Our Experience with A/B Testing for Main Images on Amazon
We’re excited to cover a new feature that recently became available to brands on both Vendor and Seller Central. Earlier this month, an A/B testing feature was released for main images in product libraries. This is great news for brands in all categories that place value on their creative optimizations. Here we explain what we know so far, how we leverage testing for our clients, and more. Continue reading for strategic insight and additional creative updates.
What We’ve Seen So Far
Since this was released, we’ve noticed similarities and differences to other testing options on the channel. First, the experiment time frames are the same for titles, A+ features, and now main images. When testing your main images, experiments will run between eight and 10 weeks. And, a new element to testing, is a hypothesis field. Brands can input their own hypothesis or choose from pre-populated suggestions. As of now, this field doesn’t have a direct impact on the experiment. However, it’s a great way to keep your testing focused.
How Do We Leverage This For Clients?
For now, image testing is reserved for the main image. With this, there are a number of regulations to keep in mind and creative freedom can be rather limited. But, there are plenty of ways to test depending on the product and its category.
To start, we’ve listed a few general suggestions below:
- Product angles
- Number of products in the image (great for product bundles!)
- Including models with the product
- Packaging (keep the product in or out of packaging)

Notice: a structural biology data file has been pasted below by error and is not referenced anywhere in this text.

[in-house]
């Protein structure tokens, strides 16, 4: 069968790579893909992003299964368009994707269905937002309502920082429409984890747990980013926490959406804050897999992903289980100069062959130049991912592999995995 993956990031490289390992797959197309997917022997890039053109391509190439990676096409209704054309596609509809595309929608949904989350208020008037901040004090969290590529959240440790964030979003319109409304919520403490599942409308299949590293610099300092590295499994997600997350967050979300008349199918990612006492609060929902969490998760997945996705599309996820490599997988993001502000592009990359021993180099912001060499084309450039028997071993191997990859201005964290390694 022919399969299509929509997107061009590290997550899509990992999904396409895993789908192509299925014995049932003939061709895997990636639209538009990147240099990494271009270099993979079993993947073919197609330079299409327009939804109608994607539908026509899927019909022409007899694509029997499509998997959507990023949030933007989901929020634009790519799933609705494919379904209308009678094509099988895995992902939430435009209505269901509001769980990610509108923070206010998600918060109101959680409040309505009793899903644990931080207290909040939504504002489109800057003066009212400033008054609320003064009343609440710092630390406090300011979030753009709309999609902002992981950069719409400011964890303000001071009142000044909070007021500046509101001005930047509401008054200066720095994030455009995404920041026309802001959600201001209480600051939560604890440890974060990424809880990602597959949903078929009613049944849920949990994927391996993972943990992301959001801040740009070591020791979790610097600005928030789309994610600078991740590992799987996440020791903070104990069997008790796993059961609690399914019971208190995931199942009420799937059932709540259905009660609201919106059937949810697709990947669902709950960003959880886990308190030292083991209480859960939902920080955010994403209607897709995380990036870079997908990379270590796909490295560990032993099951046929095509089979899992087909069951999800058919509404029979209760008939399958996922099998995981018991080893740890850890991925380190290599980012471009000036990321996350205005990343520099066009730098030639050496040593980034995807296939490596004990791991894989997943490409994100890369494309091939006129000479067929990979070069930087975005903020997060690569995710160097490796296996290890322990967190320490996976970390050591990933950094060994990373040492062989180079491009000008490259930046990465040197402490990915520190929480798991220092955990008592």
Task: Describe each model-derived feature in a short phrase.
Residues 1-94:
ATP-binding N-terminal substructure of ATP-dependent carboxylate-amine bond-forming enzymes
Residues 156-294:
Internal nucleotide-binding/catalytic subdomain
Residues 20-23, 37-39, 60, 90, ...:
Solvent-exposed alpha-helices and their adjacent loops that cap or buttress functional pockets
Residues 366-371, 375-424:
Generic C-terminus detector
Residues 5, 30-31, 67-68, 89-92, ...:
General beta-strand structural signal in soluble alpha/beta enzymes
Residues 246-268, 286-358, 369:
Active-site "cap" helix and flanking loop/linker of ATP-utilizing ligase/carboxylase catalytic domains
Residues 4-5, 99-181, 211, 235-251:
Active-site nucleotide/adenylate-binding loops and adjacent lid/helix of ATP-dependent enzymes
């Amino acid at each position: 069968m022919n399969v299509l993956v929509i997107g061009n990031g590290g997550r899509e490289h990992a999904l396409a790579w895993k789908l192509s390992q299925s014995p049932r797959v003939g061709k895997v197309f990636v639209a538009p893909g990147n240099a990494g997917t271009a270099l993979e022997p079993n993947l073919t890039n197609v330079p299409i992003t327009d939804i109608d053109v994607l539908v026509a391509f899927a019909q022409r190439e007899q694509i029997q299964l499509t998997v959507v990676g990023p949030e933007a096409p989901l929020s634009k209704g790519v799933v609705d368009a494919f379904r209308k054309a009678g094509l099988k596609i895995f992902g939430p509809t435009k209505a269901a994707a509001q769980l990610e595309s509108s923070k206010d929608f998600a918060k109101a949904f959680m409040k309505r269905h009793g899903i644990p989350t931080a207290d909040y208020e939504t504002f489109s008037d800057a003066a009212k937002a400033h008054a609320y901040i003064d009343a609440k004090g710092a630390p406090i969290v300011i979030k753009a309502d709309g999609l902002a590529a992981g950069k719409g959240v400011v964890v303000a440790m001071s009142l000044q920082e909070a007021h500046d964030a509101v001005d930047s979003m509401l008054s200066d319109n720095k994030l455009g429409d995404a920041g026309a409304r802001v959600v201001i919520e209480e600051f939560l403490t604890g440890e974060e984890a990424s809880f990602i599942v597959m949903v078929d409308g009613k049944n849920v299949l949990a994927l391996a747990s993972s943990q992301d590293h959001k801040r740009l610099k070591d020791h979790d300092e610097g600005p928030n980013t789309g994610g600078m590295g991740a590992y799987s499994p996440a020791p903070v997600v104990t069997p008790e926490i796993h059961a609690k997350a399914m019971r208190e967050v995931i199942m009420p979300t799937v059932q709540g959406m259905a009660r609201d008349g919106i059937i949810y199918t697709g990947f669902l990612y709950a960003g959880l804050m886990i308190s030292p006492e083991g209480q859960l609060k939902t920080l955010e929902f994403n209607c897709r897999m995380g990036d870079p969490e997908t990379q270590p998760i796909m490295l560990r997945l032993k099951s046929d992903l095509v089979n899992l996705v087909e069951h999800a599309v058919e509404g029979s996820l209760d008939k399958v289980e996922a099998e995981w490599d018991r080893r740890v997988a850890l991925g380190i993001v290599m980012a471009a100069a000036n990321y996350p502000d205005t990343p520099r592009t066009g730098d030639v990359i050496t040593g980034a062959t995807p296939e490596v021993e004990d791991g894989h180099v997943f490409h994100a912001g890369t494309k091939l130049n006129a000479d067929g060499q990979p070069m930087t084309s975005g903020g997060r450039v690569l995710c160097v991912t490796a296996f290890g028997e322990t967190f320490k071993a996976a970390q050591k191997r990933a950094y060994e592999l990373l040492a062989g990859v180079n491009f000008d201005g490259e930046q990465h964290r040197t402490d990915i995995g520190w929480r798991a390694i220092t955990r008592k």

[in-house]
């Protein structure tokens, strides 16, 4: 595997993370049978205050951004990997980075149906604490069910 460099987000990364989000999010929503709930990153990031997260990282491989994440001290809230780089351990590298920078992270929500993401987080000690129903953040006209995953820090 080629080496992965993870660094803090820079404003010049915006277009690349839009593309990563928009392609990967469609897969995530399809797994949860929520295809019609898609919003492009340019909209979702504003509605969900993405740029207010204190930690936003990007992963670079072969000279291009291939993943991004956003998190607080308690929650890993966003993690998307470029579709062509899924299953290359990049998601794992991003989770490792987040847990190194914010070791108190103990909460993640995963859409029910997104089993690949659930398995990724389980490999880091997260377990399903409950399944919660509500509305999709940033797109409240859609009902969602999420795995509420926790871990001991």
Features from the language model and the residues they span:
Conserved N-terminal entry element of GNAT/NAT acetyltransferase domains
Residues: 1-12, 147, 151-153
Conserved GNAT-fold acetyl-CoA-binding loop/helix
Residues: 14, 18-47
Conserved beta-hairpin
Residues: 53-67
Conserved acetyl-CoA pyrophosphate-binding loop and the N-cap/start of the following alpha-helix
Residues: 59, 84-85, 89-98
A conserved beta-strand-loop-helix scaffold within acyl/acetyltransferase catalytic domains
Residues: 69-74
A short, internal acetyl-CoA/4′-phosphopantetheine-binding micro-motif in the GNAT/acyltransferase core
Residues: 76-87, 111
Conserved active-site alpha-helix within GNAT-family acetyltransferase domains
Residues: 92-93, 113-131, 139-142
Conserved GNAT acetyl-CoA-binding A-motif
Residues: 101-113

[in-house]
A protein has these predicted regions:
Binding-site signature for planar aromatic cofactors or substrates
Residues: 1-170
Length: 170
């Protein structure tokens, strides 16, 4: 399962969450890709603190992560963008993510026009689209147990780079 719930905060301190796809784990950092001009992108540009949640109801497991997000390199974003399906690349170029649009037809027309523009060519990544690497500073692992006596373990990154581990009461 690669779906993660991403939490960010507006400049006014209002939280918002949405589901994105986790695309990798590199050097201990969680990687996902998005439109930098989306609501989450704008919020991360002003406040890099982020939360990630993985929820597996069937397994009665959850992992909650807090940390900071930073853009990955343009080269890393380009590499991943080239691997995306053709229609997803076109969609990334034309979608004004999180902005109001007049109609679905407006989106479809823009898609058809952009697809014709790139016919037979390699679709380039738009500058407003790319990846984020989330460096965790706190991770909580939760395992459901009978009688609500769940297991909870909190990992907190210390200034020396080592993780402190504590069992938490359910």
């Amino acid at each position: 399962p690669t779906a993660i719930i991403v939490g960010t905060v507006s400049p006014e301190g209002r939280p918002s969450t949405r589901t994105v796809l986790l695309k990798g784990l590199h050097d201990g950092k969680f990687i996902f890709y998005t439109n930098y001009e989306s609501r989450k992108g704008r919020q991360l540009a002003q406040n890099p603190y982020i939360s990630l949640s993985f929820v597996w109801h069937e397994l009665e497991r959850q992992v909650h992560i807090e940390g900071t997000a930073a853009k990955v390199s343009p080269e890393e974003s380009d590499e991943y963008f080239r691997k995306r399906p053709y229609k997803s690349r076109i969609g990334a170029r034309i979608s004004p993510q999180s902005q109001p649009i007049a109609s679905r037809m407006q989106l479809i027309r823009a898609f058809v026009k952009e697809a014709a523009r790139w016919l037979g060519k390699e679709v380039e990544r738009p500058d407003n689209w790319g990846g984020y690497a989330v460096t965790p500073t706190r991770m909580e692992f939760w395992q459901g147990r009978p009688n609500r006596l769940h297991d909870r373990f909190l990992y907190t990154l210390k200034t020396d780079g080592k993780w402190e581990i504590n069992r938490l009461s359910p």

When creating tests for our clothing and accessory clients, we include color swatches in the main image. This way, customers can see from the search results page the different color options they have for this product. Then, for grocery clients, testing different ways to present packaging has been interesting. For example, showcasing multipacks and unique angles of the products.
Why Does It Matter?
As Amazon becomes increasingly competitive, it’s crucial brands put their best foot forward. This includes doing so through their creative efforts. High-quality images are no longer enough to stand out among the thousands of options shoppers have on the channel. With A/B testing, brands can ensure they’re using the best performing main images, making an impression, and enticing shoppers to consider their product. Not to mention, as Amazon becomes stricter about the Cambridge template, testing new main images can be a workaround. For example, if your product comes in a 10-pack, rather than using icons and call-outs, you can position or photoshop packaging to show the pack size.
Another Image-Related Update
In addition to A/B testing for main images, there is another recent image-related update to be aware of on Amazon. This is especially important to your brand’s mobile presence. On mobile or desktop, Amazon allows 15 images per gallery. However, only seven images display on mobile. Because of this, we suggest placing a heavier focus on prioritizing product images. Be sure images that are important to the purchase experience are placed within the first seven slots. Then, save nice-to-have images, for slots eight through 15. And, if you’re using video, it will most often be displayed in the seventh image slot. More recently, in some categories, we have seen Amazon testing video in the second slot. Keep this in mind when prioritizing your images. If you’re using video, mobile will then only display six images.
As we continue using the A/B testing for main images on Amazon, we look forward to the results it drives for our clients. In the future, we hope to see this type of testing roll out into additional images within the product library. If and when this happens, we’ll share our findings on the MPS website.
If you could use the support of a strategic partner, schedule a free consultation. And, as an official Amazon Advertising partner, we’re here to answer any questions about your efforts. Finally, should you be interested in learning more about our clients’ results, explore advertising-related case studies on our website.